Even though Windows Phone’s consumer base is smaller than those for Apple’s and Google’s mobile platforms, it’s projected to be the fastest-growing mobile OS in the coming years. IDC today issued its latest forecast that predicts Microsoft’s Windows Phone, which currently holds 3 percent of the market, will account for 3.9 percent of the market by year’s end and 7 percent by 2018. Much of that growth could come from enterprise IT decision makers, according to IBM.
An official at Big Blue this week said he sees growing pockets of interest in Microsoft’s Windows Phone 8. Most of that interest is coming from IT, not consumers, but it was enough for IBM to give its newly acquired MaaS360 mobile device management platform support for Windows Phone.
IBM added mobile device management to its portfolio of tools for systems administrators two months ago with its acquisition of Philadelphia-based Fiberlink. The company announced the addition at this week’s Mobile World Congress in Barcelona and at the IBM Pulse conference in Las Vegas.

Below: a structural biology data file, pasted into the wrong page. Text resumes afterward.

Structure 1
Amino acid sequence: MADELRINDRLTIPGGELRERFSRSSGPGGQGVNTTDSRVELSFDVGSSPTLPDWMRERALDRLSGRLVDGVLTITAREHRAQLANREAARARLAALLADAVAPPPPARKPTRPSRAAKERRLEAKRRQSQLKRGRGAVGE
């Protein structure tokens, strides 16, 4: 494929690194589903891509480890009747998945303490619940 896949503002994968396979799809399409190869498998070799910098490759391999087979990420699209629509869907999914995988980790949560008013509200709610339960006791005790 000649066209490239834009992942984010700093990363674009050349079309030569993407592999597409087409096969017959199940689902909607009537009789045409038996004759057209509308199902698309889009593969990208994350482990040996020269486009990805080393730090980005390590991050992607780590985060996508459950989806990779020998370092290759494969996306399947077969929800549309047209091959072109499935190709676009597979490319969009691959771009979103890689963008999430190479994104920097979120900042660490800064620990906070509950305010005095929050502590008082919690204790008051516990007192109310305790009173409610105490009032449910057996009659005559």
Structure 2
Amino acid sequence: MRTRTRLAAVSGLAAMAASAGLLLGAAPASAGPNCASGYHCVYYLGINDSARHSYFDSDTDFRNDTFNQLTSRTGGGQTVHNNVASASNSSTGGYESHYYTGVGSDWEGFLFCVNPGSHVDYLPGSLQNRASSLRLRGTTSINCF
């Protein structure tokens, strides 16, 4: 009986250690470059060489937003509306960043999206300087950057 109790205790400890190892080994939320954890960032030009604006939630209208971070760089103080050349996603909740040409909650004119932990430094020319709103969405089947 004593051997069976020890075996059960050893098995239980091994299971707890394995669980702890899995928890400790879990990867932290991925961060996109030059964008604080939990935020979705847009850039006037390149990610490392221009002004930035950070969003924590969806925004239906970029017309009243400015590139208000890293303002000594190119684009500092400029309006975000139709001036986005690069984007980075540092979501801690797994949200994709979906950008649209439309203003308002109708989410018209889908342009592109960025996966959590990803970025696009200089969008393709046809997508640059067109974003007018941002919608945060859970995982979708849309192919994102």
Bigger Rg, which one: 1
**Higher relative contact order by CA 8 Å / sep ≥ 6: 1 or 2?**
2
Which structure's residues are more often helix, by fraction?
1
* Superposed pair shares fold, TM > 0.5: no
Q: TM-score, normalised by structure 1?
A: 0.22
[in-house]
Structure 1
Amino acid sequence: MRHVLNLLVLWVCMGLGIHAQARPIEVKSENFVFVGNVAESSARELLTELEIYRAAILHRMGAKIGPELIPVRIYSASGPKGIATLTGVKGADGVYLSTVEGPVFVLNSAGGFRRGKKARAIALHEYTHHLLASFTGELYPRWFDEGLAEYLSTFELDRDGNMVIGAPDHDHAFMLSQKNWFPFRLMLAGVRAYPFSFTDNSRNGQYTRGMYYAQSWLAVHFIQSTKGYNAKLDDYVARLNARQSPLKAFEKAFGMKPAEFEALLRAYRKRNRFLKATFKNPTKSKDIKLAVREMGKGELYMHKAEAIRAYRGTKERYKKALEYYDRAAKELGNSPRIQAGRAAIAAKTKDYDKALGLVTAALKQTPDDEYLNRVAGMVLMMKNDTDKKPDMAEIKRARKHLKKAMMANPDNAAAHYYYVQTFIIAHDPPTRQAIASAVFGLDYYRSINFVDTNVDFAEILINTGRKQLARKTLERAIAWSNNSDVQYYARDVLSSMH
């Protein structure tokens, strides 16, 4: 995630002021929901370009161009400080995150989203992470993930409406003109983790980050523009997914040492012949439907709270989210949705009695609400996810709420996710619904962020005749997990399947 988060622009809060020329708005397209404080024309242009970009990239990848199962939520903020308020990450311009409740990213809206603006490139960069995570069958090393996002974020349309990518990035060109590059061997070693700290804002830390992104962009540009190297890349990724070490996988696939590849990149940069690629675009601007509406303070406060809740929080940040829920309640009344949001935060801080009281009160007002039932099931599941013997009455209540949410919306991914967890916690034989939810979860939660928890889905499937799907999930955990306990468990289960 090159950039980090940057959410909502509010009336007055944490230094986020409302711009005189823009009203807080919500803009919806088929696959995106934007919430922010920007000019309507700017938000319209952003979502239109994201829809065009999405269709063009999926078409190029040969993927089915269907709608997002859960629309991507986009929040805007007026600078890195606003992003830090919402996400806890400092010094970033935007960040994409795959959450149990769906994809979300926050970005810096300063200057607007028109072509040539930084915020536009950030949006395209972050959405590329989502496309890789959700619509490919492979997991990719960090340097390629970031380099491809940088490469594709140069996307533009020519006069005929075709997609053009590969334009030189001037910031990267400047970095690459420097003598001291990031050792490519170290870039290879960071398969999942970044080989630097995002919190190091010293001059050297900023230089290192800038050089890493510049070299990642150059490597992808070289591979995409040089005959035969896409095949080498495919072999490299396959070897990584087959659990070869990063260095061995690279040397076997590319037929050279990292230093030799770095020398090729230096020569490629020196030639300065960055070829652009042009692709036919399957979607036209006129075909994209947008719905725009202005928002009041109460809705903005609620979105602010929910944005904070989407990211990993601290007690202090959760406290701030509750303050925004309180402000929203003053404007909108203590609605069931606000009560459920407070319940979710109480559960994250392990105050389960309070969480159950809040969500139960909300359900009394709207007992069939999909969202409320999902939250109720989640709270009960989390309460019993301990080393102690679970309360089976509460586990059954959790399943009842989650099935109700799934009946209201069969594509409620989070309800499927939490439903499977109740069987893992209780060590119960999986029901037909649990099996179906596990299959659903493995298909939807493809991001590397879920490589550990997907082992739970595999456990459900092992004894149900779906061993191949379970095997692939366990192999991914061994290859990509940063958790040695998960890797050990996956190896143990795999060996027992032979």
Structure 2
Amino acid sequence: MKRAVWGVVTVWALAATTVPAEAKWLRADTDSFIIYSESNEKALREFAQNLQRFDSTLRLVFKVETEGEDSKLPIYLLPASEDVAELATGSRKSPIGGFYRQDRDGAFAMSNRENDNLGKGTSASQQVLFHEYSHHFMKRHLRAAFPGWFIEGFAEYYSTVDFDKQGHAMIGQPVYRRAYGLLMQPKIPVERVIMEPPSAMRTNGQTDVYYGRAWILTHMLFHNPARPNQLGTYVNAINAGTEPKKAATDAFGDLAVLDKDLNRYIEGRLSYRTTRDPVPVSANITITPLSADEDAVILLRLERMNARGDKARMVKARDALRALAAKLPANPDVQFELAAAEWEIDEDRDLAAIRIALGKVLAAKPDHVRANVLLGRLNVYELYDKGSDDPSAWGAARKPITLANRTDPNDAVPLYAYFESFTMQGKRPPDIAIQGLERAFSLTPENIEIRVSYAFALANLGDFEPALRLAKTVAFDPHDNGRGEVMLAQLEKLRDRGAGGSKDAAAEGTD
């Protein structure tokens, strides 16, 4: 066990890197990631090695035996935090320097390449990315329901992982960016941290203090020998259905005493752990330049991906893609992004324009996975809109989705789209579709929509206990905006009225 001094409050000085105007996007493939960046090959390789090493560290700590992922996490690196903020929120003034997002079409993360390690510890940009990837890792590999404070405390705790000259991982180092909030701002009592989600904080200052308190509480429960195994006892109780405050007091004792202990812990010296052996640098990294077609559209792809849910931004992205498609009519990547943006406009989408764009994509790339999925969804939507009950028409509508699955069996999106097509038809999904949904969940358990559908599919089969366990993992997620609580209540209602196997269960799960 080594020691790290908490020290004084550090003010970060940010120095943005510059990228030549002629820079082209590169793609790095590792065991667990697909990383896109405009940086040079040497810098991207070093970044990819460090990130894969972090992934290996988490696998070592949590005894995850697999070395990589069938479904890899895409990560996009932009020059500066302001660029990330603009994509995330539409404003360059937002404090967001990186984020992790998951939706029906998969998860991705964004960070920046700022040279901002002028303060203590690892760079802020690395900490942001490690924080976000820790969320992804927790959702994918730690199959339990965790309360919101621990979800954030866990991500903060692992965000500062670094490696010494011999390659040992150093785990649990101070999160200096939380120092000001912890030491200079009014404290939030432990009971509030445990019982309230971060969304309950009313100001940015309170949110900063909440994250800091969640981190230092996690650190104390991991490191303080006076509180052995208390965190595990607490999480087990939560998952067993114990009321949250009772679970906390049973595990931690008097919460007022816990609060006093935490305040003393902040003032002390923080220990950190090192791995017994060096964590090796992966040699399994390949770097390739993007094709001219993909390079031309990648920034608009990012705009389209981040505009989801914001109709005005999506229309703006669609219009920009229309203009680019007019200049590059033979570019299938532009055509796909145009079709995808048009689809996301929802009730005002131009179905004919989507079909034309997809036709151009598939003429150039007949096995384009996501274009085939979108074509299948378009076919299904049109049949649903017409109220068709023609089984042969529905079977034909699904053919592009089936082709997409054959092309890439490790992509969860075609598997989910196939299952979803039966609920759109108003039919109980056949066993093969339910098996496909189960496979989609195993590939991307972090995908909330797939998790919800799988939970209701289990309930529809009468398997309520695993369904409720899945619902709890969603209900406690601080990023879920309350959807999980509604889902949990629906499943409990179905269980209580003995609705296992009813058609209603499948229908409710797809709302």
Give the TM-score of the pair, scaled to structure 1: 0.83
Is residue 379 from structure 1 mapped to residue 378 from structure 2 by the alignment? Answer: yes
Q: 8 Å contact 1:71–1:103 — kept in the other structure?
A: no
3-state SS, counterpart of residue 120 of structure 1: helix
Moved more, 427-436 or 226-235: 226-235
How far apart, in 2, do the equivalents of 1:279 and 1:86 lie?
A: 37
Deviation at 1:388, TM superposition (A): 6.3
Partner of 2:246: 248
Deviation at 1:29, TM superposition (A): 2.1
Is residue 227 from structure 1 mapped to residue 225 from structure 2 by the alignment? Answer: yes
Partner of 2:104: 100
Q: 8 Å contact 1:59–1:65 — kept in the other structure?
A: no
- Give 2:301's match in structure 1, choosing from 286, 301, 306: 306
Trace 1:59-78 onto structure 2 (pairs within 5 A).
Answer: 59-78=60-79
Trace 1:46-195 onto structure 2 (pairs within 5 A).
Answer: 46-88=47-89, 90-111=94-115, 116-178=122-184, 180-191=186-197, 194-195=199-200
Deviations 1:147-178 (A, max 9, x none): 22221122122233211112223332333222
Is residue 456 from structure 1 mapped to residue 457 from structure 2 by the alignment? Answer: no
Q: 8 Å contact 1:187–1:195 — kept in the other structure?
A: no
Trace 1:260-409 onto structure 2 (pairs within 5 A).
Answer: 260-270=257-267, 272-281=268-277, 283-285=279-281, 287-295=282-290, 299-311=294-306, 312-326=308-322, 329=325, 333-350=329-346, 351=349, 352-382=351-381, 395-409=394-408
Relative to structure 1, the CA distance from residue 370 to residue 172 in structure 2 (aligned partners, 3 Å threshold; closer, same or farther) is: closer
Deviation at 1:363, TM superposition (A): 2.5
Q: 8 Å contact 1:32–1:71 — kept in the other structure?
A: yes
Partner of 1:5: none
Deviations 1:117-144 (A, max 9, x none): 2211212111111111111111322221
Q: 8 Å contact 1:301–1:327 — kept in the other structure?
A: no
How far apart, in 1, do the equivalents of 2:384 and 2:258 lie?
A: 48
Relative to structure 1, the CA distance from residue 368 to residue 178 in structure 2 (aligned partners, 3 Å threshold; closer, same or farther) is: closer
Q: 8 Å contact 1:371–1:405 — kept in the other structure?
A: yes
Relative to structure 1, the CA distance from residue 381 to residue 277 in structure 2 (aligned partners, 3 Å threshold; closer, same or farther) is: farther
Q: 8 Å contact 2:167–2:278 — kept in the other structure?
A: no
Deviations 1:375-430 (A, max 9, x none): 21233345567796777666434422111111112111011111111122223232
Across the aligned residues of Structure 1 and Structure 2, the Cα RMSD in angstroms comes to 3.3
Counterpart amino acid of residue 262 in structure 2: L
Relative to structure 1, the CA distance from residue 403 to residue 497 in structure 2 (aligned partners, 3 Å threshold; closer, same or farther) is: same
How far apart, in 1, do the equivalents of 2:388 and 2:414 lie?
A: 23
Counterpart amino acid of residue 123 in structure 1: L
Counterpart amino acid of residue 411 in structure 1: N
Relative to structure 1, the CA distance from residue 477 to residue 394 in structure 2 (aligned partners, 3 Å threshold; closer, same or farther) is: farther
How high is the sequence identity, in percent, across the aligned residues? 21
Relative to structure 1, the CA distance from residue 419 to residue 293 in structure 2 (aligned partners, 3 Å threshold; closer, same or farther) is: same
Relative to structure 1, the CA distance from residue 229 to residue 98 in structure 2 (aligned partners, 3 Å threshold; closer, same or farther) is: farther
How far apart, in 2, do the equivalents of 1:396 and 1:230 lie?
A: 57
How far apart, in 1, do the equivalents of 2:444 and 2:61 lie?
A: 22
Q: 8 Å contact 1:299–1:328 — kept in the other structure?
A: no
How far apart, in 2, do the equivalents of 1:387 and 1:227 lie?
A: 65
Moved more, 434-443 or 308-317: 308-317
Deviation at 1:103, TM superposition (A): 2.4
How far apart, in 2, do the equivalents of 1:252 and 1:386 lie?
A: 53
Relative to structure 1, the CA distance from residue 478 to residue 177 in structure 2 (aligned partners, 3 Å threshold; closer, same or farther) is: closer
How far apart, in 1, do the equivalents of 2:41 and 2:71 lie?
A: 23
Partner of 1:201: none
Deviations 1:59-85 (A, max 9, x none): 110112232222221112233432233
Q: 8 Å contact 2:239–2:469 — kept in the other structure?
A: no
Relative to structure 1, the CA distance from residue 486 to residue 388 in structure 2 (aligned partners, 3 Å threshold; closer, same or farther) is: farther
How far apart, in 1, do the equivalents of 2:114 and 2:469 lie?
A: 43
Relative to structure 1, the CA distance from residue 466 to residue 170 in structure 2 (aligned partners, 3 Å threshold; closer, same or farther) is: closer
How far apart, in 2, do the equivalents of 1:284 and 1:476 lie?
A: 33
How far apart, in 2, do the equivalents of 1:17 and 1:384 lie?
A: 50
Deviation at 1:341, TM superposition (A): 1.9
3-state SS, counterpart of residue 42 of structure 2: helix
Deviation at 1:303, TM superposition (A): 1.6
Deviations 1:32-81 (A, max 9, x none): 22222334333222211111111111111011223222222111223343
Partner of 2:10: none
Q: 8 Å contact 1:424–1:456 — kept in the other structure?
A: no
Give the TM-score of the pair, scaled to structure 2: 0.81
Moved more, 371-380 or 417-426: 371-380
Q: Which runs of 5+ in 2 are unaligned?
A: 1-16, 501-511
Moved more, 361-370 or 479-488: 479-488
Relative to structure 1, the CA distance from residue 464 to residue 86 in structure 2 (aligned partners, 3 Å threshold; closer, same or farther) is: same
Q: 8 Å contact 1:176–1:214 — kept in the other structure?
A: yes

The company’s MaaS360 Productivity Suite provides secure e-mail, calendaring, contacts and a browser. The tool lets IT separate personal apps and data from enterprise software and information. IT can remotely wipe and manage enterprise apps and data without touching the personal side of the smartphone.
Jim Szafranski, senior VP of customer platform services at IBM’s FIberlink unit, said many of its enterprise customers would like to see their employees use Windows Phone for work-related activities because of its tight integration with Microsoft’s back-end systems. Consumer demand for Windows Phones of course continues to trail that of iPhones and Android devices, he said.
“Actual end user momentum is trailing business interest,” Szafranski said. “IT likes Microsoft and likes Windows. They’ve made a lot of investment in things like Active Directory and Exchange and as a result they have a lot of interest in seeing Windows Phone used by employees. I don’t think anyone is going to be all Windows on mobile, but enterprises do want it and I think they have a strong opportunity when it comes to the enterprise side of purchase decisions.”
Despite the incremental but steady growth predicted for Windows Phone, it appears much of it will come at the expense of BlackBerry, though a small amount will come from Android and iOS. IDC’s latest forecast predicts Apple’s iOS and Android will continue to account collectively for 90 percent of the market over the next four years. This is slightly down from its current share of 94 percent.